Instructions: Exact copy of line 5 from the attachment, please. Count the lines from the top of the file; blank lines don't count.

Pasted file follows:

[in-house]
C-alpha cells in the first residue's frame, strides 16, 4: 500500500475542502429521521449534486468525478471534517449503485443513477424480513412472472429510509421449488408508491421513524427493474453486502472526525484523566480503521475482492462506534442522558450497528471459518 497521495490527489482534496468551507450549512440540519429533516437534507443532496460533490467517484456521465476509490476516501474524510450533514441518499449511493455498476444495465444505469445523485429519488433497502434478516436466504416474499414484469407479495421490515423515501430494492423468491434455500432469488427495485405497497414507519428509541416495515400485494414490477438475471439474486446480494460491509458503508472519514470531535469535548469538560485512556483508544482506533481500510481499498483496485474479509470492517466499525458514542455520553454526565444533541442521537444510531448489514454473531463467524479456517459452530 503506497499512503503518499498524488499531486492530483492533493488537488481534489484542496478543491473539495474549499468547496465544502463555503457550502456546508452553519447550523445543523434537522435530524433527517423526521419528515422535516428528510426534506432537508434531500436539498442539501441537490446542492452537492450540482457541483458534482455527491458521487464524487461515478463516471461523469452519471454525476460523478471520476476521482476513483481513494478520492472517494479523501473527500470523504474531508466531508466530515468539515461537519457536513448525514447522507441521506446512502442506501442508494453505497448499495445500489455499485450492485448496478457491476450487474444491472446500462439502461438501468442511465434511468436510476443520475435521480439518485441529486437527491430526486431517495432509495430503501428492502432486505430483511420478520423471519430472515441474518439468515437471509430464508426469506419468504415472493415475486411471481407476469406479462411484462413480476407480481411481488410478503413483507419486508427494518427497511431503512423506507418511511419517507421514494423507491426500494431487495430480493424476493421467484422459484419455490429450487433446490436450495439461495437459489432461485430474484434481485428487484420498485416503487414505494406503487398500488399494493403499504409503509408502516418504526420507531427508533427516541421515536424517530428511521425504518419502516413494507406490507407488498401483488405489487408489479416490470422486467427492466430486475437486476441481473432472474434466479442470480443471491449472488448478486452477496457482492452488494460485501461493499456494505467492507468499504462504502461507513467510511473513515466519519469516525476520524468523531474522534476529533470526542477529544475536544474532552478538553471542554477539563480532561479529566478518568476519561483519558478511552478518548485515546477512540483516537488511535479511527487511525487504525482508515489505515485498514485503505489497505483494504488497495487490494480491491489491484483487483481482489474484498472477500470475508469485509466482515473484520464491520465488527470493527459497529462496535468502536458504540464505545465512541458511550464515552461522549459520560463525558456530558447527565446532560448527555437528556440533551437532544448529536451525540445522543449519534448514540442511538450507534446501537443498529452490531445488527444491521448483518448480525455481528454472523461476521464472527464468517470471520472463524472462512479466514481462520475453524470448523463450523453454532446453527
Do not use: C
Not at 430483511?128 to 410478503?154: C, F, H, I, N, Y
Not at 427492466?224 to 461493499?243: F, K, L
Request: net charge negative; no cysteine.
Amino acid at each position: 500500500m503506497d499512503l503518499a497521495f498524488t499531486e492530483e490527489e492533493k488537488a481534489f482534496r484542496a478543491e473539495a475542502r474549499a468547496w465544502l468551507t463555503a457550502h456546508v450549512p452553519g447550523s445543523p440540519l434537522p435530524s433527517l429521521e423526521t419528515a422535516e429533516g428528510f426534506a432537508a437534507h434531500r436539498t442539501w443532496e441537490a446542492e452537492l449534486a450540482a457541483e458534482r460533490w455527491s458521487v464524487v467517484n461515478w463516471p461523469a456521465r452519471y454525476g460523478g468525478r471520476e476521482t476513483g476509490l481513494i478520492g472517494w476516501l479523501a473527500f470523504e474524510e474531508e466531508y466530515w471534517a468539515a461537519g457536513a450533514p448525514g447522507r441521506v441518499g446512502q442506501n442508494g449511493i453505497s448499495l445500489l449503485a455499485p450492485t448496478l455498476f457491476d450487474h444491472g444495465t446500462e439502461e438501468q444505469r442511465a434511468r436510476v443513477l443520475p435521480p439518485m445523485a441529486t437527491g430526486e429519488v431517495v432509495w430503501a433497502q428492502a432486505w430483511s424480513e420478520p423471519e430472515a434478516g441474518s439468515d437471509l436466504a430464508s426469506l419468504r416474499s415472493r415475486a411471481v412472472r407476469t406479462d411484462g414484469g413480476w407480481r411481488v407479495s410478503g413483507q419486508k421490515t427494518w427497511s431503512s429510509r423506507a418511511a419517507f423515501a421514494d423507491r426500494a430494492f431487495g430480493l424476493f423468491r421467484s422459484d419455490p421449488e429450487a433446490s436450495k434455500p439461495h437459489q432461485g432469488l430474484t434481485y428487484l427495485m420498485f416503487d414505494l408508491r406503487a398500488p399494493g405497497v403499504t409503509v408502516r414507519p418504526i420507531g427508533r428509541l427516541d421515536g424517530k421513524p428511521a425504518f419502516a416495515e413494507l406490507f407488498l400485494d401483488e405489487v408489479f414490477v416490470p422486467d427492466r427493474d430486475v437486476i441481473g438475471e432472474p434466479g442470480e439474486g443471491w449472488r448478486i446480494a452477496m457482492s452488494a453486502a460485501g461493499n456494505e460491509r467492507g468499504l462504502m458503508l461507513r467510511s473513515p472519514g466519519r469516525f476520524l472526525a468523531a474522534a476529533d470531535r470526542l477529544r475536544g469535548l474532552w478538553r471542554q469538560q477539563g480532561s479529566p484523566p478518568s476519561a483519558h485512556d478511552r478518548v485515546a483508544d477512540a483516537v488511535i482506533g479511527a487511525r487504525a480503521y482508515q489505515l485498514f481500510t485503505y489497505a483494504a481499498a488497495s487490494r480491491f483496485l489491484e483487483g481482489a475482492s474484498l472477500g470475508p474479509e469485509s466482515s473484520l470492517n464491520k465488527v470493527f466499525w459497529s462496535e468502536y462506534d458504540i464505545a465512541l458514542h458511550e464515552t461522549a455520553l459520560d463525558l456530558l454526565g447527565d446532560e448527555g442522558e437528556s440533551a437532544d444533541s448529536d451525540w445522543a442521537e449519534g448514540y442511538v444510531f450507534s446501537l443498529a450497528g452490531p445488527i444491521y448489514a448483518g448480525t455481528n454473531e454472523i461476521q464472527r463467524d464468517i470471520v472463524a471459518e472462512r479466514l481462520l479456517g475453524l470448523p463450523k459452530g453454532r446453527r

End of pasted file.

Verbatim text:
Not at 427492466?224 to 461493499?243: F, K, L